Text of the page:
Te nature of Donbas
Donbas has a temperate continental climate with clearly-defined seasons. Tere are big differences between winter and summer temperatures. Te average January temperature is –4°C to –6°C. In some parts of the Oblast it reaches –7°C. During the coldest winters the temperature can fall to –36°C, while the maximum in summer is 40°C to 42°C.
Observations show that climate change is already having an effect in the region, notably on the time of for- mation and duration of permanent snow cover and on the duration of seasons. Cold winters and persistently hot summers combined with increas- ing precipitation have inevitable con- sequences for agriculture. Accord- ing to the Oblast administration the Donetsk region urgently needs to im- plement a regional action plan, both to reduce the region’s own emissions of greenhouse gases and to adapt to the impacts of climate change.
Precipitation in Donbas is 350 to 600 mm annually. Tis is not enough: spring, the end of summer and autumn are arid, and the rains are intense, local- ized and brief. Water is a big problem for Donbas. Where industry is con- centrated and population highest, daily demand is high. For example, produc- ing one tonne of coal takes half a cubic metre of water, one tonne of steel needs 25 m3, and a tonne of sulphuric acid 90 m3. Donbas gulps down 55 per cent of Ukraine’s total water consumption. Guaranteeing supplies to the area is a se- rious problem, so Donbas has to rely on a number of large reservoirs. Donetsk Oblast itself is one of Ukraine’s most freshwater-deficient regions. Te large mineral reserves in the Donetsk coal basin have resulted in rapid industrial development here – much of it need- ing plenty of water – and a consider- able concentration of population. Tat means there is now an acute shortage of high-quality fresh water for households, farmers, industry, and other users.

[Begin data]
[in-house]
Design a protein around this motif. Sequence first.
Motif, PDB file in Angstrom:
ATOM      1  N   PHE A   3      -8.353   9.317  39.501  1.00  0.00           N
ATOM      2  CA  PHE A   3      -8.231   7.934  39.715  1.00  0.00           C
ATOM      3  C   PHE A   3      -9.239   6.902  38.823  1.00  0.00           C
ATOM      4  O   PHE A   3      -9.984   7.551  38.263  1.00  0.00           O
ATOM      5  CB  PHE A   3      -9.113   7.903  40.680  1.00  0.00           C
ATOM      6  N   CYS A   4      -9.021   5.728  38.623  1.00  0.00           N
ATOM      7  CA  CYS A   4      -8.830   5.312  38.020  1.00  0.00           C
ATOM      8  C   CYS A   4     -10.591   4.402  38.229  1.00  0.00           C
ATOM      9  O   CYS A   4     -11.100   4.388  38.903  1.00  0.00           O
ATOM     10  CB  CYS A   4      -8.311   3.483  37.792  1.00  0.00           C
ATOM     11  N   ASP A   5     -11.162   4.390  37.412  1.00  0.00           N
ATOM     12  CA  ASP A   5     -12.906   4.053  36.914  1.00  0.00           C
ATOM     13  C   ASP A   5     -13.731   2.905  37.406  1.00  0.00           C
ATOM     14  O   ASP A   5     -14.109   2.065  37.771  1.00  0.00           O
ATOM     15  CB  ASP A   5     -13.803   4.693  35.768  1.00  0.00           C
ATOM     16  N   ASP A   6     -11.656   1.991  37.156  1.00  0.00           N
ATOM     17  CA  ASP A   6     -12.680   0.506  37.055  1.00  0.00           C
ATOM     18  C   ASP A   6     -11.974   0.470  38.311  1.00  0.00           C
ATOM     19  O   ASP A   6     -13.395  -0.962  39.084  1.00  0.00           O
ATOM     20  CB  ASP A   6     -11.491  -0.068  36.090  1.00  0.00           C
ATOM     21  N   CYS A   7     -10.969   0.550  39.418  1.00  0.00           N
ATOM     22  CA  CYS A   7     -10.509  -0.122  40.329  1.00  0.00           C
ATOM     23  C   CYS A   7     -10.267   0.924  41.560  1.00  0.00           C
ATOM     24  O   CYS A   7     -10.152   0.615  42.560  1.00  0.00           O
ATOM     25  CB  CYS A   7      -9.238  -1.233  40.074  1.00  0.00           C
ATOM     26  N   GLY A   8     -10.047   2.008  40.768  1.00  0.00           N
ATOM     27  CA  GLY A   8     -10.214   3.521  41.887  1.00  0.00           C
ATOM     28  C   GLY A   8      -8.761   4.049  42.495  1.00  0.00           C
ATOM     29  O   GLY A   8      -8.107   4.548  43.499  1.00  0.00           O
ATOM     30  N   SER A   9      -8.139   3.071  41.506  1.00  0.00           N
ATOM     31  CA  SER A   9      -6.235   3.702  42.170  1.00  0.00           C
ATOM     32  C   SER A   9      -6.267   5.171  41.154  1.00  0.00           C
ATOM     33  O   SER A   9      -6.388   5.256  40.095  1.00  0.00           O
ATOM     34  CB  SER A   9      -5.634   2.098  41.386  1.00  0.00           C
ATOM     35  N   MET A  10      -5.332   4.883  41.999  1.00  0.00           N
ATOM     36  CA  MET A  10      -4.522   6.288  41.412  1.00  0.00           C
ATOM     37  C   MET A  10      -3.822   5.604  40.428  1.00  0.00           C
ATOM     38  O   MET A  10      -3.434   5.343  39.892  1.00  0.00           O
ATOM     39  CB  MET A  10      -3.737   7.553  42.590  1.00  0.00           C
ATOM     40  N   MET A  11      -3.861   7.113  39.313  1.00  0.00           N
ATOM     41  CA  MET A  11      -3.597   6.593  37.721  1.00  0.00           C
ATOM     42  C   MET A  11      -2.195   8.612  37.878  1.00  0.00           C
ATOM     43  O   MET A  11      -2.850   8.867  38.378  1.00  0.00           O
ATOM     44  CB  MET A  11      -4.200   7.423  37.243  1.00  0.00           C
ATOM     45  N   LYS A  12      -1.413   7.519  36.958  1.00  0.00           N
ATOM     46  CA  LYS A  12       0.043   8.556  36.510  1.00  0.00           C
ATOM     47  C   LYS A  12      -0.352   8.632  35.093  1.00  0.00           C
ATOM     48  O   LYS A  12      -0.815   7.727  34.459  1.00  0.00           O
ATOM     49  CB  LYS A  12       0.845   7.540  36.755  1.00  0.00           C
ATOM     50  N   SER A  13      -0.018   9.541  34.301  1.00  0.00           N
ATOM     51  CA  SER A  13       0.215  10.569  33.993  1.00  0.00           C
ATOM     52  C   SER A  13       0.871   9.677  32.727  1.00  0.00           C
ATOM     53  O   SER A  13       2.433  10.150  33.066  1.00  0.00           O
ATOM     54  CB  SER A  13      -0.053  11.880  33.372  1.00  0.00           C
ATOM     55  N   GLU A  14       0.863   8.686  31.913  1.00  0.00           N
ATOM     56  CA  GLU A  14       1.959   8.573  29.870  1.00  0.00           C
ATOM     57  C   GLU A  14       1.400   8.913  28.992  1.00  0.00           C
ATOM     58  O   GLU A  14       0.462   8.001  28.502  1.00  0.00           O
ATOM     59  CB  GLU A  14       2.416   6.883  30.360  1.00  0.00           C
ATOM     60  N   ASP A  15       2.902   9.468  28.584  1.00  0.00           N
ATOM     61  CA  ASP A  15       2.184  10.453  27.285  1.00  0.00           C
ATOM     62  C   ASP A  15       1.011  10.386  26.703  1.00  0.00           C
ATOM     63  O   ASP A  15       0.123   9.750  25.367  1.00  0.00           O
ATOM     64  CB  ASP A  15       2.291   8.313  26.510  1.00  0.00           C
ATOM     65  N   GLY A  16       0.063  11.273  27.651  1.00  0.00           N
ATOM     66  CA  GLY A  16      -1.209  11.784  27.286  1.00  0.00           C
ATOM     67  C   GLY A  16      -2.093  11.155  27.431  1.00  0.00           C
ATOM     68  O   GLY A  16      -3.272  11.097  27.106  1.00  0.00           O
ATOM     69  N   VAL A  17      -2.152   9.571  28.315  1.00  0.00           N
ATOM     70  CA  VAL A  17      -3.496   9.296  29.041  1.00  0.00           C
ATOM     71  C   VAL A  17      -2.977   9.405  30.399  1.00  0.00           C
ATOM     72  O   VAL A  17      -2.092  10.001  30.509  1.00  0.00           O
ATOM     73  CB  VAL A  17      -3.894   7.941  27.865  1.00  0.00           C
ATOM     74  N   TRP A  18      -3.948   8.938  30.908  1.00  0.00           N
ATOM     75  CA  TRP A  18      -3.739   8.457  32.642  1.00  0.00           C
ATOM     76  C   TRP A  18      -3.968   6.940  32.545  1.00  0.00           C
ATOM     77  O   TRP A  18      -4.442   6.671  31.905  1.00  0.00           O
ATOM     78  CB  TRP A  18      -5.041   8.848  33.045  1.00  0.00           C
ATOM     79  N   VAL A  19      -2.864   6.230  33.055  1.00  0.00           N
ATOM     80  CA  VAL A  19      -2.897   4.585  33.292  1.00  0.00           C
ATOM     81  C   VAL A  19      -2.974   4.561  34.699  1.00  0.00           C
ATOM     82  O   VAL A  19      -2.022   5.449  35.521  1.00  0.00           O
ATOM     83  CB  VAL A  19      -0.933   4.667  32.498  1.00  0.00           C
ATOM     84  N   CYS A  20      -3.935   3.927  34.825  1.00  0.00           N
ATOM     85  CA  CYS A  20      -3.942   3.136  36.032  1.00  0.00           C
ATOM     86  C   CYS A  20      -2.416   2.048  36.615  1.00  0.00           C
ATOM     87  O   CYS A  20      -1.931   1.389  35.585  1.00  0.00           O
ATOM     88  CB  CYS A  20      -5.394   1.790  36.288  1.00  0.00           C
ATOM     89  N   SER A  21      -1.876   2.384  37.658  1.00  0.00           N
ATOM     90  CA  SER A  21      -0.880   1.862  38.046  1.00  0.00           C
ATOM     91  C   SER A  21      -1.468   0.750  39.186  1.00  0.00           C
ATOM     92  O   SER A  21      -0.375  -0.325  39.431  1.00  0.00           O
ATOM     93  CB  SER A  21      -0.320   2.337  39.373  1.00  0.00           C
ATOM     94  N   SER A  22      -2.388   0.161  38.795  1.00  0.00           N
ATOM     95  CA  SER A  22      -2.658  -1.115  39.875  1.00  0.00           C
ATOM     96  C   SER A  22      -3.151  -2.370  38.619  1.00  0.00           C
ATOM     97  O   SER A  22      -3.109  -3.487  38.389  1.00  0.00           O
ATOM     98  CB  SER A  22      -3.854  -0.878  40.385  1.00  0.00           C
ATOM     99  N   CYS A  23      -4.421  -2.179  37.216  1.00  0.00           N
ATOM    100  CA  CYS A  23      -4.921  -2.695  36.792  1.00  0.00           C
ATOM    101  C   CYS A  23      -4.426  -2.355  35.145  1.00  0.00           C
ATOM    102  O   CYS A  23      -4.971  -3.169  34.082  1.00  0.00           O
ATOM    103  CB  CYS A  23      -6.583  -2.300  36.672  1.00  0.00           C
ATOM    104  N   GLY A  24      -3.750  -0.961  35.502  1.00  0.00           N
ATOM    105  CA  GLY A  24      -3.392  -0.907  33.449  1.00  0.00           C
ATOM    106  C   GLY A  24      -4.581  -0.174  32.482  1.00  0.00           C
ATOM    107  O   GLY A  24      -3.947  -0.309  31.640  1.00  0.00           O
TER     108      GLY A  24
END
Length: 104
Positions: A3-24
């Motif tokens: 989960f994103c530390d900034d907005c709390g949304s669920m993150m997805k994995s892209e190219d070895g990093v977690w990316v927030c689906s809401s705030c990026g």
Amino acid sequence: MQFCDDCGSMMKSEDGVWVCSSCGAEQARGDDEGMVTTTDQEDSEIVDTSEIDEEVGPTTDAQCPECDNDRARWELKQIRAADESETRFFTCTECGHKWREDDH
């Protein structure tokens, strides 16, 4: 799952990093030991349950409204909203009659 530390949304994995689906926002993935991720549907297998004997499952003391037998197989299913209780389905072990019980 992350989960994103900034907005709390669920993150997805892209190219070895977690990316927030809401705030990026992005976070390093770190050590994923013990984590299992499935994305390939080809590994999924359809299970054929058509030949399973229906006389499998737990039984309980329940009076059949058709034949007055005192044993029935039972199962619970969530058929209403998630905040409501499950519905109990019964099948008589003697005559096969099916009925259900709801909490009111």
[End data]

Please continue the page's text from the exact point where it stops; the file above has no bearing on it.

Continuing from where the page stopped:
Sea of Azov
Te Donetsk Oblast borders on the Sea of Azov, which is a shal- low branch of the Black Sea, con- nected to it by the Kerch Strait. Te large rivers that flow into the Sea of Azov are the Don and the Kuban. Te Sea of Azov now lies within the borders of Ukraine and the Russian Federation.
Te sea received its current name from the town founded by the Cumans (a nomadic people who in- habited a shiſting area north of the Black Sea) in 1067. Tey called it Azak, which later became Azov. Te sea covers an area of 38,000 km2, with an average depth of 8 metres, a maximum depth of 14 metres, and a water volume of 320 km3. Te sea has been a major thoroughfare
since the dawn of history. By the end of the 19th century more than 2,660 ships, with a total capacity of 362,000 tonnes, docked in its harbours every year. At the time the Russian merchant fleet on the Sea of Azov numbered 1,210 ves- sels. To this day it remains a major transport route.
On 11 November 2007 four vessels – the Volnogorsk, Nakhichevan, Kovel and Hadji-Izmail – sank in the Kerch Strait near the Russian port of Kavkaz in a severe storm. Six vessels broke adriſt and ran aground. Two tankers – Volgon- eſt-139 and Volgoneſt-123 – were damaged. About 1,300 tonnes of fuel oil and 6,800 tonnes of sul- phur spilled into the Sea of Azov.
Source: Donetsk Oblast State of the Environment Report, 2007